Some people say that sports and politics don't mix.
But when you're talking about Americans playing tennis in France, how can you not discuss the international atmosphere?
There are a number of conclusions, both sports-related and non-sports-related, that one can draw from the dismal first round in which Andy Roddick, James Blake, and six other members of Team USA said bon voyage to Roland Garros. And there are also a lot of things to say about the waning state of the sport in this hemisphere.
Let's run down the list:
1. The French swallowed their pride when they elected Nicolas Sarkozy. So maybe that's why it feels good when we do the same.
For those who didn't follow the massively important French election, let me catch you up on what happened: They picked a pro-American candidate to lead their country into the future.
This is quite a big deal, especially given the huge spat that developed over Iraq. Their new president, Nicolas Sarkozy, loves the United States... something which did not sit easy with a people who felt that they were completely right about those mysterious weapons of mass destruction.
But they picked him anyway.
They swallowed their pride, and that's not easy.
As a huge U.S. tennis fan, I have long maintained that this decade of our subpar play is an aberration. Sure, we still have two of the world's ten best men, but they aren't exactly McEnroe, Sampras, Agassi, or Connors. Andy Roddick doesn't even hold a candle to Jim Courier.
For years, I've called the new millennium a "transition period."
Americans need to admit that we've lost a step. We are not as competitive as we used to be. We have utterly conceded the clay surface, on which three recent Americans have hoisted the trophy...and it's simply because we stink. We let our best young talents focus on higher-paying sports like football and basketball, and we've failed to let pioneers like Arthur Ashe bring diversity to the court (at least in the Men's tennis game).
We blew it. Plain and simple. And our friends in Europe have every right to criticize our performance on their stage.
2. Before we get too critical, let's remember that this isn't about them, it's about us.
Whenever America underperforms on the international stage, people denounce our country as xenophobic or closed-minded. They claim that our ambassador athletes prove only how little we care about international competition.
I'm starting to hear people make this argument with regard to tennis.
Nothing could be further from the truth.
Our country is embracing world sports more than ever before, as proven by the FIFA World Cup. As we enjoy the last few weeks before Beckham-mania strikes Los Angeles, let's reflect upon what we were doing around this time last year: We were watching soccer and talking about people like Luis Figo and Wayne Rooney.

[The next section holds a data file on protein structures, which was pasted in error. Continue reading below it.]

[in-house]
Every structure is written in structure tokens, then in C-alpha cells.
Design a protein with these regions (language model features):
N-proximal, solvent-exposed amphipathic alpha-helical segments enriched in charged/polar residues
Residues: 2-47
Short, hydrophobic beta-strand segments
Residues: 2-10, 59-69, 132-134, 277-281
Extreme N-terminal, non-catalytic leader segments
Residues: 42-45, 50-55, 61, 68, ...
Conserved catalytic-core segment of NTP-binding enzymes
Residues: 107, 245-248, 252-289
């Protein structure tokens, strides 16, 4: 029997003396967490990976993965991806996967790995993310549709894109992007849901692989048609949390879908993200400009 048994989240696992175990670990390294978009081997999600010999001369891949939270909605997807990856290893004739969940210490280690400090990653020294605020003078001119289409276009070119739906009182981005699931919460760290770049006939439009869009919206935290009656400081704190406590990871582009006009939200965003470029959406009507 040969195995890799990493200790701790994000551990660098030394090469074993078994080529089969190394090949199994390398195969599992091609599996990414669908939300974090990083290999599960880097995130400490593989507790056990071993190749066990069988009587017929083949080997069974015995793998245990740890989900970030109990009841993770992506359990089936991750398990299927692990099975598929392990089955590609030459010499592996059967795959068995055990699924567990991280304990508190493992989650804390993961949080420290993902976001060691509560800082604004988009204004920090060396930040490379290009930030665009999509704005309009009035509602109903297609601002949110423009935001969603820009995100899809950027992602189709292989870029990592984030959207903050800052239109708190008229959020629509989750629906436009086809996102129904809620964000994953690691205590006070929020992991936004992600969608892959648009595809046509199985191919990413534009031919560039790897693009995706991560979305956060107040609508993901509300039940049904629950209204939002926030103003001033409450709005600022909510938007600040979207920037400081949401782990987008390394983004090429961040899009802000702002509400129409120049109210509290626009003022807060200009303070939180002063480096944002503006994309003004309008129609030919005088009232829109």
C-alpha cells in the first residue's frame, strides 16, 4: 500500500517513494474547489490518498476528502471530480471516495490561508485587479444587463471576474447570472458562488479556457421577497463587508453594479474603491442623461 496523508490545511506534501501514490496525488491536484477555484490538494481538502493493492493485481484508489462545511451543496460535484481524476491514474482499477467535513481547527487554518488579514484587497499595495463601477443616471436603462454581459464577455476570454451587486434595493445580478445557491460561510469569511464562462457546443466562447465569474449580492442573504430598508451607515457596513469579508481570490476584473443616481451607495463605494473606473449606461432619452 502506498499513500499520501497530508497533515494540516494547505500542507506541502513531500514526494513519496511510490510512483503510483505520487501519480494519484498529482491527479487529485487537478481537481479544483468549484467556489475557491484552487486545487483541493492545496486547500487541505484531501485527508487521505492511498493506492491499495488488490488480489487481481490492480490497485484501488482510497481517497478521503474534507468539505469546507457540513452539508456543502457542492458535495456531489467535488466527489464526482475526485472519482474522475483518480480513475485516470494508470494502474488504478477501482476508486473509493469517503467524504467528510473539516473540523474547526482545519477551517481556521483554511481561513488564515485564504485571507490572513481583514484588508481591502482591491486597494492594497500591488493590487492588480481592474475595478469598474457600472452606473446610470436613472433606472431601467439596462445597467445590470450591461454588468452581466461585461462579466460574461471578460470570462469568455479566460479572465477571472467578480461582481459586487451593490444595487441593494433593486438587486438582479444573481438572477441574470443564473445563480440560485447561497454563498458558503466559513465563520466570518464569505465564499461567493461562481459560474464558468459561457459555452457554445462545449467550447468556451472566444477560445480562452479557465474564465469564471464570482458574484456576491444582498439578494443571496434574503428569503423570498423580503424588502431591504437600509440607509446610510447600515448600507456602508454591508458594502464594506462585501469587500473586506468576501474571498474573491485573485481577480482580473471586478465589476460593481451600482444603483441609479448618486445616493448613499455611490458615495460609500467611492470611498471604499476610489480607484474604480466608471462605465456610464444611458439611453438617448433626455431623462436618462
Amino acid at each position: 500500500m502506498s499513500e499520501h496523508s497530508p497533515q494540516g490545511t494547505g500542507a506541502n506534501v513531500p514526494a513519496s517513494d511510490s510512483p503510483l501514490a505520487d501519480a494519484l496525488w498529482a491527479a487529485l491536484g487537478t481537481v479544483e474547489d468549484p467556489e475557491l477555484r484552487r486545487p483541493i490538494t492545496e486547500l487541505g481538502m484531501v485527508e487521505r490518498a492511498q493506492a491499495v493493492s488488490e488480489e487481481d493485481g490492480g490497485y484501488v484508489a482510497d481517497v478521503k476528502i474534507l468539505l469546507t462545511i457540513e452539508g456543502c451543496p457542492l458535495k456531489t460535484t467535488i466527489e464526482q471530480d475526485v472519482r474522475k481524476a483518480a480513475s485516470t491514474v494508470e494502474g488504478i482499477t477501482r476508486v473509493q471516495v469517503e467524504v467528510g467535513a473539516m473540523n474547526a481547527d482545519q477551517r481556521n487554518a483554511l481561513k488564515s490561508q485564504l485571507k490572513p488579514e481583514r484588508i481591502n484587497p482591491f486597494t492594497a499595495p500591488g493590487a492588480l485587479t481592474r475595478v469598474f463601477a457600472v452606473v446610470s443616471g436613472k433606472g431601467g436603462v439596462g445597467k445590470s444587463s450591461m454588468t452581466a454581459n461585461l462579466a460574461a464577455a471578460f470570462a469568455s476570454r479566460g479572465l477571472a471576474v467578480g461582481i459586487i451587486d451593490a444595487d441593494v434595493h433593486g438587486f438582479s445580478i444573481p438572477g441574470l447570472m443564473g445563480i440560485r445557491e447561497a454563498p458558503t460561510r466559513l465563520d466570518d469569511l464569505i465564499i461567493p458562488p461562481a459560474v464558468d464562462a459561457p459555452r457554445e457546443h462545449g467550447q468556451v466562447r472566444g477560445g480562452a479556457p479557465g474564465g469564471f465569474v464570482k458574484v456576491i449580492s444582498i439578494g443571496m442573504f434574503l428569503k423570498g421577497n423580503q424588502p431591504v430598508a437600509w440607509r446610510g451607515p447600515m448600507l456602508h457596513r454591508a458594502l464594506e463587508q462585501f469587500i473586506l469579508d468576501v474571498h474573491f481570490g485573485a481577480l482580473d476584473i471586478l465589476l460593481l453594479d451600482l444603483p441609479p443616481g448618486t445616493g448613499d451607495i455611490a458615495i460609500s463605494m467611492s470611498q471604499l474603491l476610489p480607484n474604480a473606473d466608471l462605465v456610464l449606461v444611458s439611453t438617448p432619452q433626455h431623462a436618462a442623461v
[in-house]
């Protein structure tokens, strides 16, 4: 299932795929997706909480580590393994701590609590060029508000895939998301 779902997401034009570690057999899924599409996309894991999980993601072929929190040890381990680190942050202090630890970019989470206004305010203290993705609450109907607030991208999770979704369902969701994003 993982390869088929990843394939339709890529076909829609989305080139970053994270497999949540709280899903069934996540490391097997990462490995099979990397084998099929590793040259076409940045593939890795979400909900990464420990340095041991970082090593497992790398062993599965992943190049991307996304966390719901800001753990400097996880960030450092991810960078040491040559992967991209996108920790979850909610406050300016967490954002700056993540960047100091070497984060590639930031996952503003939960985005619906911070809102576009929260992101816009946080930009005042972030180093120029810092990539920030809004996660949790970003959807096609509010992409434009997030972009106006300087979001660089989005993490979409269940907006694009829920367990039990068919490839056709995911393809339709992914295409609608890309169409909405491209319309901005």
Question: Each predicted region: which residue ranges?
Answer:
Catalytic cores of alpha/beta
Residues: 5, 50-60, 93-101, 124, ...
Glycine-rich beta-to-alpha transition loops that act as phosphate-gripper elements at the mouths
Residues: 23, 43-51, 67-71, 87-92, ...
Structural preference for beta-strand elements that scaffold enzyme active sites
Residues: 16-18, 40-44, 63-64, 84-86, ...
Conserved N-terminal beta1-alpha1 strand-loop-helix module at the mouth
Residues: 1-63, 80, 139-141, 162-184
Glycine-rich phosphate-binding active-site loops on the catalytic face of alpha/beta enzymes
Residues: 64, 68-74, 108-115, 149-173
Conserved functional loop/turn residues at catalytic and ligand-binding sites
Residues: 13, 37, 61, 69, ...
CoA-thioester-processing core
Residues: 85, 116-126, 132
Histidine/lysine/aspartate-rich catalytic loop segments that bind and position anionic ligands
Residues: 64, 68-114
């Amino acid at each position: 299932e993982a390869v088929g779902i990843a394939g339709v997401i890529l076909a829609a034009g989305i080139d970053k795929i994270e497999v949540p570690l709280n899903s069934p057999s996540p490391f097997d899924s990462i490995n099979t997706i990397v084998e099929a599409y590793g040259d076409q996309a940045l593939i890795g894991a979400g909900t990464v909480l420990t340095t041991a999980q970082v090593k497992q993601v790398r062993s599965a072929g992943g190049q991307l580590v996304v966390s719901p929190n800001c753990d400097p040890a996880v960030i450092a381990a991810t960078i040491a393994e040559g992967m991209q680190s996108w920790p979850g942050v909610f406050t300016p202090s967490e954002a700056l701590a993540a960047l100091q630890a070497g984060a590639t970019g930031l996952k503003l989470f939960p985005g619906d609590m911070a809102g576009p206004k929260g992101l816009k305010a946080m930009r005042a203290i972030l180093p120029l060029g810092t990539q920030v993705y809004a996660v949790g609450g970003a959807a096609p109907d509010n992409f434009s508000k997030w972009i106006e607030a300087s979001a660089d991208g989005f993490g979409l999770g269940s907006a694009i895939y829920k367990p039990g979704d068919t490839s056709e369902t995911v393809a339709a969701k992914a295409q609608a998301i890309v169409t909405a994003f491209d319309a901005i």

The television ratings prove that Americans care more about the World's Game then ever before. College students have started to bring Arsenal and FC Barcelona posters home from their semesters abroad, and the message is finally starting to get heard.
Our tennis success is dwindling not because of our xenophobia, but simply because we don't like tennis.
The game is too high-scoring. The athletes have almost no personality. Too many young people see too many old people doing it. It's an expensive hobby.
Blah, blah, blah, blah.
There are plenty of potential reasons why people in the United States are inclined to find time for anything but tennis. It would be foolish to single out any one reason, or try to rank the five or six key explanations for the sport's demise. The plain fact is that Americans aren't into it. And the fact that the rest of the world still loves the sport will mislead everyone into making the same old unfair Ugly American stereotypes.
Let's stop it before it starts.
3. You have to admire the French for their consistent love of the sport.
This may sound like a backhanded compliment, but I've got to say it: The French deserve a lot of credit for cherishing tennis even though they aren't very good at it.
They've won their own major tournament only once in the last twenty years...and that's only if you count Mary Pierce as French!
Do you know how much attention the U.S. Open would receive had we displayed a similar level of failure? Absolutely none. Heck, we haven't won the tournament in four years, and I'm starting to feel like it's on life support.
Again, there are a lot of reasons for tennis' demise in the United States. The lack of star power is one of them, though it probably reflects a downturn that was already in the works. In any event, the U.S. Open's ratings won't set any records this year, and few of us will wake up early to watch it the way we did in, say, 1995.
My take: French culture isn't as bandwagon-like as American culture. And the French deserve a pat on the back for that.
In conclusion, those of us who call the U.S.A. home can spend the next two weeks reflecting on what went wrong at Roland Garros, or we can use this time to think about the diplomatic, cultural, and sociological implications of that damned clay-court tournament.
Thanks for bearing with me as I pursued the latter.